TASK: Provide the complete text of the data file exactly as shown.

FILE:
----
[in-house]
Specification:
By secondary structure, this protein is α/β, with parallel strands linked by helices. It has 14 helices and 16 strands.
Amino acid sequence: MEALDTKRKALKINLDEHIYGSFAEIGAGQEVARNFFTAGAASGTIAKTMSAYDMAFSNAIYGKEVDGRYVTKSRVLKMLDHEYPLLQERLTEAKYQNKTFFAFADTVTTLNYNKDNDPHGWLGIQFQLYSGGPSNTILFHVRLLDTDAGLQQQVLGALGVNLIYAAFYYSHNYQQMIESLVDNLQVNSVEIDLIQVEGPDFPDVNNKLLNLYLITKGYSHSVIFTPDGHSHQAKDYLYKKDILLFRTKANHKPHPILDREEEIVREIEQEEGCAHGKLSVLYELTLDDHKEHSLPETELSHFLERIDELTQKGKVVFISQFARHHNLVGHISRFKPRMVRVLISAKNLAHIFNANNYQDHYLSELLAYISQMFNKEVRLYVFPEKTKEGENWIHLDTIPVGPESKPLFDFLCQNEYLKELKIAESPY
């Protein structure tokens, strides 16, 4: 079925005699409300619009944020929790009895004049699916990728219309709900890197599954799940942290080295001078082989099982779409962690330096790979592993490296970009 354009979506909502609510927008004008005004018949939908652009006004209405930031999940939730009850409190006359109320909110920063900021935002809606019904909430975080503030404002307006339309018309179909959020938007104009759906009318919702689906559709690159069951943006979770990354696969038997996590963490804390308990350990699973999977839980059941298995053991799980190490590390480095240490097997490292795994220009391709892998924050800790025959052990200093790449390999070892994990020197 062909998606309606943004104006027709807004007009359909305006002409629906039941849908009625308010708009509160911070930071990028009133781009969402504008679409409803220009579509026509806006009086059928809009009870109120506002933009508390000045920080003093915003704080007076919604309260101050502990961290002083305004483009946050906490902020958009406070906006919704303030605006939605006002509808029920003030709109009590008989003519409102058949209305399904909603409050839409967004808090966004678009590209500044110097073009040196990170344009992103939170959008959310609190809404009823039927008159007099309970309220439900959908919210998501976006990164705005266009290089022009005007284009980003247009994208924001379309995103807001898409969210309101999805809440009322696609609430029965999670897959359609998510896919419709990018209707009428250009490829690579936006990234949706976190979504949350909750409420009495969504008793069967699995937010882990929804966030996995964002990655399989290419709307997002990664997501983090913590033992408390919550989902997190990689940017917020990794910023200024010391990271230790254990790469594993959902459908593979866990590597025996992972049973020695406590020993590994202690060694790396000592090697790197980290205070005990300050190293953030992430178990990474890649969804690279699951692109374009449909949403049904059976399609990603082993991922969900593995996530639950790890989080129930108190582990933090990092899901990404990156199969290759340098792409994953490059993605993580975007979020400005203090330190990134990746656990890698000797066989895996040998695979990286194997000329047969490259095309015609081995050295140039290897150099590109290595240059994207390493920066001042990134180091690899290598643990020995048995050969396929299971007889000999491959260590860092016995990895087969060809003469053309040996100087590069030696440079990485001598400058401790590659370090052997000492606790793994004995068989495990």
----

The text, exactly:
[in-house]
Specification:
By secondary structure, this protein is α/β, with parallel strands linked by helices. It has 14 helices and 16 strands.
Amino acid sequence: MEALDTKRKALKINLDEHIYGSFAEIGAGQEVARNFFTAGAASGTIAKTMSAYDMAFSNAIYGKEVDGRYVTKSRVLKMLDHEYPLLQERLTEAKYQNKTFFAFADTVTTLNYNKDNDPHGWLGIQFQLYSGGPSNTILFHVRLLDTDAGLQQQVLGALGVNLIYAAFYYSHNYQQMIESLVDNLQVNSVEIDLIQVEGPDFPDVNNKLLNLYLITKGYSHSVIFTPDGHSHQAKDYLYKKDILLFRTKANHKPHPILDREEEIVREIEQEEGCAHGKLSVLYELTLDDHKEHSLPETELSHFLERIDELTQKGKVVFISQFARHHNLVGHISRFKPRMVRVLISAKNLAHIFNANNYQDHYLSELLAYISQMFNKEVRLYVFPEKTKEGENWIHLDTIPVGPESKPLFDFLCQNEYLKELKIAESPY
């Protein structure tokens, strides 16, 4: 079925005699409300619009944020929790009895004049699916990728219309709900890197599954799940942290080295001078082989099982779409962690330096790979592993490296970009 354009979506909502609510927008004008005004018949939908652009006004209405930031999940939730009850409190006359109320909110920063900021935002809606019904909430975080503030404002307006339309018309179909959020938007104009759906009318919702689906559709690159069951943006979770990354696969038997996590963490804390308990350990699973999977839980059941298995053991799980190490590390480095240490097997490292795994220009391709892998924050800790025959052990200093790449390999070892994990020197 062909998606309606943004104006027709807004007009359909305006002409629906039941849908009625308010708009509160911070930071990028009133781009969402504008679409409803220009579509026509806006009086059928809009009870109120506002933009508390000045920080003093915003704080007076919604309260101050502990961290002083305004483009946050906490902020958009406070906006919704303030605006939605006002509808029920003030709109009590008989003519409102058949209305399904909603409050839409967004808090966004678009590209500044110097073009040196990170344009992103939170959008959310609190809404009823039927008159007099309970309220439900959908919210998501976006990164705005266009290089022009005007284009980003247009994208924001379309995103807001898409969210309101999805809440009322696609609430029965999670897959359609998510896919419709990018209707009428250009490829690579936006990234949706976190979504949350909750409420009495969504008793069967699995937010882990929804966030996995964002990655399989290419709307997002990664997501983090913590033992408390919550989902997190990689940017917020990794910023200024010391990271230790254990790469594993959902459908593979866990590597025996992972049973020695406590020993590994202690060694790396000592090697790197980290205070005990300050190293953030992430178990990474890649969804690279699951692109374009449909949403049904059976399609990603082993991922969900593995996530639950790890989080129930108190582990933090990092899901990404990156199969290759340098792409994953490059993605993580975007979020400005203090330190990134990746656990890698000797066989895996040998695979990286194997000329047969490259095309015609081995050295140039290897150099590109290595240059994207390493920066001042990134180091690899290598643990020995048995050969396929299971007889000999491959260590860092016995990895087969060809003469053309040996100087590069030696440079990485001598400058401790590659370090052997000492606790793994004995068989495990």